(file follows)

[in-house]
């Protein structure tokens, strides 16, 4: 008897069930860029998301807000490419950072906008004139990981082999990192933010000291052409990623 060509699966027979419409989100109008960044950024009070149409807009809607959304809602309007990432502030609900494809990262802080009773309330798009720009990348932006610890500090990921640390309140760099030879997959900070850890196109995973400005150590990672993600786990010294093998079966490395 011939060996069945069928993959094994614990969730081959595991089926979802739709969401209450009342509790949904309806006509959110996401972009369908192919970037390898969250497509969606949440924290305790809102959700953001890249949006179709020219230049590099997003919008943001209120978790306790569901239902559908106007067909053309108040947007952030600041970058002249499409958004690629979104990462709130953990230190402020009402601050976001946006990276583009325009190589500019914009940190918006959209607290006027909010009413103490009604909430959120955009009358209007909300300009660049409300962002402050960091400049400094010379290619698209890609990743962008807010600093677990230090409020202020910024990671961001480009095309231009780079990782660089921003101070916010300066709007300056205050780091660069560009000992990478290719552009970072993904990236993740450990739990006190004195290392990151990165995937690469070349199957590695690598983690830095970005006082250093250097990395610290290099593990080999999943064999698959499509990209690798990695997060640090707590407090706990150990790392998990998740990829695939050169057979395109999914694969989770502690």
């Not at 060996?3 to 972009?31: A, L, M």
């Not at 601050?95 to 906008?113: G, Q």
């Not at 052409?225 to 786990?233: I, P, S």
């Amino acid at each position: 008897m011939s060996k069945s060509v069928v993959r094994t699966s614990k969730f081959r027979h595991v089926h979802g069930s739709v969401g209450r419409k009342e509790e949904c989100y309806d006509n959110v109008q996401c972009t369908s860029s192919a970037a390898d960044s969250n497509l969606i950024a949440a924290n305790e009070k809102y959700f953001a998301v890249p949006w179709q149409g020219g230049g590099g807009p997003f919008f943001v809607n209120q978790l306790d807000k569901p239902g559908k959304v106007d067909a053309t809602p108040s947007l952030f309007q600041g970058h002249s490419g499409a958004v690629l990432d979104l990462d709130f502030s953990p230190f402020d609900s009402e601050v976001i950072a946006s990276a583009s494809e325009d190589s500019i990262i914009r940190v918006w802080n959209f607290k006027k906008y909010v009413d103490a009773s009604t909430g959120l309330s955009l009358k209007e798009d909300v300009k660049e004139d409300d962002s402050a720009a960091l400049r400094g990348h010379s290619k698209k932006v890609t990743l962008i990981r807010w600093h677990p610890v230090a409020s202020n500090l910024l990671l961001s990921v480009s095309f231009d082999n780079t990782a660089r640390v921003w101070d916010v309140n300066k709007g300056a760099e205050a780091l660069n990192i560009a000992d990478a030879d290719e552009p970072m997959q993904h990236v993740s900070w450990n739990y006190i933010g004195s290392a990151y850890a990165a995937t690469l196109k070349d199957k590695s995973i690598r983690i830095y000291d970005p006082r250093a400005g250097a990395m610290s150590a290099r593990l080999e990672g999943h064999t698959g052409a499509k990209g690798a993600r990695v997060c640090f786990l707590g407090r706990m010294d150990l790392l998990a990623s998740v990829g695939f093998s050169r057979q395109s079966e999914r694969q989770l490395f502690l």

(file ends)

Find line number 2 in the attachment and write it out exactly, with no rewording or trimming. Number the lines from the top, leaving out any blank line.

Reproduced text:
């Protein structure tokens, strides 16, 4: 008897069930860029998301807000490419950072906008004139990981082999990192933010000291052409990623 060509699966027979419409989100109008960044950024009070149409807009809607959304809602309007990432502030609900494809990262802080009773309330798009720009990348932006610890500090990921640390309140760099030879997959900070850890196109995973400005150590990672993600786990010294093998079966490395 011939060996069945069928993959094994614990969730081959595991089926979802739709969401209450009342509790949904309806006509959110996401972009369908192919970037390898969250497509969606949440924290305790809102959700953001890249949006179709020219230049590099997003919008943001209120978790306790569901239902559908106007067909053309108040947007952030600041970058002249499409958004690629979104990462709130953990230190402020009402601050976001946006990276583009325009190589500019914009940190918006959209607290006027909010009413103490009604909430959120955009009358209007909300300009660049409300962002402050960091400049400094010379290619698209890609990743962008807010600093677990230090409020202020910024990671961001480009095309231009780079990782660089921003101070916010300066709007300056205050780091660069560009000992990478290719552009970072993904990236993740450990739990006190004195290392990151990165995937690469070349199957590695690598983690830095970005006082250093250097990395610290290099593990080999999943064999698959499509990209690798990695997060640090707590407090706990150990790392998990998740990829695939050169057979395109999914694969989770502690």